Solution


Approach 1: Dynamic Programming

Intuition

For each rod x, we can write +x, -x, or 0. Our goal is to write 0 using the largest sum of positive terms. For writings that have a sum of 0, let's call the sum of the positive terms written the score. For example, +1 +2 +3 -6 has a score of 6.

Since sum(rods) is bounded, it suggests to us to use that fact it in some way. Indeed, if we already wrote some sum in the first few terms, it doesn't matter how we got it. For example, with rods = [1,2,2,3], we could arrive at a sum of 3 in 3 different ways, but the effective score is 3. This upper-bounds the number of states we have to consider to 10001, as there are only this many possible sums in the interval [-5000, 5000].

Algorithm

Let dp[i][s] be the largest score we can get using rods[j] (j >= i), after previously writing a sum of s (that isn't included in the score). For example, with rods = [1,2,3,6], we might have dp[1][1] = 5, as after writing 1, we could write +2 +3 -6 with the remaining rods[i:] for a score of 5.

In the base case, dp[rods.length][s] is 0 when s == 0, and -infinity everywhere else. The recursion is dp[i][s] = max(dp[i+1][s], dp[i+1][s-rods[i]], rods[i] + dp[i+1][s+rods[i]]).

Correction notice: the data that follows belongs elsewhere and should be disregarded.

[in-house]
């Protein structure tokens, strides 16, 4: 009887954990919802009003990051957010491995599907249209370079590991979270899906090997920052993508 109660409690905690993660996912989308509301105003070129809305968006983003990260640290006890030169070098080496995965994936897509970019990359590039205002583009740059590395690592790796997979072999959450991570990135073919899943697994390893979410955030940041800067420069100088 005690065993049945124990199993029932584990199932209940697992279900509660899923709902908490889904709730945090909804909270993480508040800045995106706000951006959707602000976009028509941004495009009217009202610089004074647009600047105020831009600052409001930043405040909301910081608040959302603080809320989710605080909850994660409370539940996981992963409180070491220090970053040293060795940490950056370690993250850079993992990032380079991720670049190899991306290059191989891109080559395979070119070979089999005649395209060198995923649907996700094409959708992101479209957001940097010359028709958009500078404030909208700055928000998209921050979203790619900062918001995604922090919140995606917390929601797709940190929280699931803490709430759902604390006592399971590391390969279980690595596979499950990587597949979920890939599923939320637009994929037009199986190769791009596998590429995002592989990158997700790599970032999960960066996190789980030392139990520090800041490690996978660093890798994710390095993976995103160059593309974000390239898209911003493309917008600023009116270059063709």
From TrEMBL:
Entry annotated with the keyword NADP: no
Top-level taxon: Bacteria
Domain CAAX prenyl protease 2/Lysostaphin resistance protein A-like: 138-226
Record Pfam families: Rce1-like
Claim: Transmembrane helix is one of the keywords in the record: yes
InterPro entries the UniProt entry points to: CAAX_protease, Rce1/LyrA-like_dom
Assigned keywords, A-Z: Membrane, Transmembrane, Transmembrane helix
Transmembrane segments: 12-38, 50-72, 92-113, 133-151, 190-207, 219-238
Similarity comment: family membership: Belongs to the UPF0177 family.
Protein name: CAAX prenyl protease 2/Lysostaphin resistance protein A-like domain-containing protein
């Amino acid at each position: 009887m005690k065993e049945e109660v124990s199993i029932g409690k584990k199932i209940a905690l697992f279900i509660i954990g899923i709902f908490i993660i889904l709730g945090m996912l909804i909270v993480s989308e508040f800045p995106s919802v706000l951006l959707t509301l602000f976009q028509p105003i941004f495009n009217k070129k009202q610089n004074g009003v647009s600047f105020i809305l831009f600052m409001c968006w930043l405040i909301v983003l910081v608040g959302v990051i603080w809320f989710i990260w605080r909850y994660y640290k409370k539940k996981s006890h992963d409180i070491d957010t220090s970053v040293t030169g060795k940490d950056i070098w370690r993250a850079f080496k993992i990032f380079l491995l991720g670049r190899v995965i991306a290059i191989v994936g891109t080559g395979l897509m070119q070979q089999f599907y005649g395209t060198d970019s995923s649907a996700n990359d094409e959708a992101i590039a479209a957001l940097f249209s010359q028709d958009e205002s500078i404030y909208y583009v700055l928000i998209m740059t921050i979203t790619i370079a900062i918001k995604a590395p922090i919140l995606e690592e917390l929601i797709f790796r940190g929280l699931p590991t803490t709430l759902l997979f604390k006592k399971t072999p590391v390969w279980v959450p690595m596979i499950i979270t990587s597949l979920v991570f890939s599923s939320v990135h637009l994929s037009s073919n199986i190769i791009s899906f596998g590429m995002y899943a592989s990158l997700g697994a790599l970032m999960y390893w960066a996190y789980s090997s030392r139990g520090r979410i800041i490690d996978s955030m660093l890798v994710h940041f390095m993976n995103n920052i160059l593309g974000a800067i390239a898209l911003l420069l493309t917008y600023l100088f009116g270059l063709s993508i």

Complexity Analysis

  • Time Complexity: , where is the length of rods, and is the maximum of .

  • Space Complexity: .


Approach 2: Meet in the Middle

Intuition

Typically, the complexity of brute force can be reduced with a "meet in the middle" technique. As applied to this problem, we have possible states, from writing either +x, -x, or 0 for each rod x, and we want to make this brute force faster.

What we can do is write the first and last states separately, and attempt to combine them. For example, if we have rods [1, 3, 5, 7], then the first two rods create up to nine states: [0+0, 0+3, 0-3, 1+0, 1+3, 1-3, -1+0, -1+3, -1-3], and the last two rods also create nine states.

We will store each state as the sum of positive terms, and the sum of absolute values of the negative terms. For example, +1 +2 -3 -4 becomes (3, 7). Let's also call the difference 3 - 7 to be the delta of this state, so this state has a delta of -4.

Our high level goal is to combine states with deltas that sum to 0. The score of a state will be the sum of the positive terms, and we want the highest score. Note that for each delta, we only care about the state that has the highest score.

Algorithm

Split the rods into two halves: left and right.

For each half, use brute force to compute the reachable states as defined above. Then, for each state, record the delta and the maximum score.

Now, we have a left and right halves with [(delta, score)] information. We'll find the largest total score, with total delta 0.

Complexity Analysis

  • Time Complexity: , where is the length of rods.

  • Space Complexity: .


Analysis written by: @awice.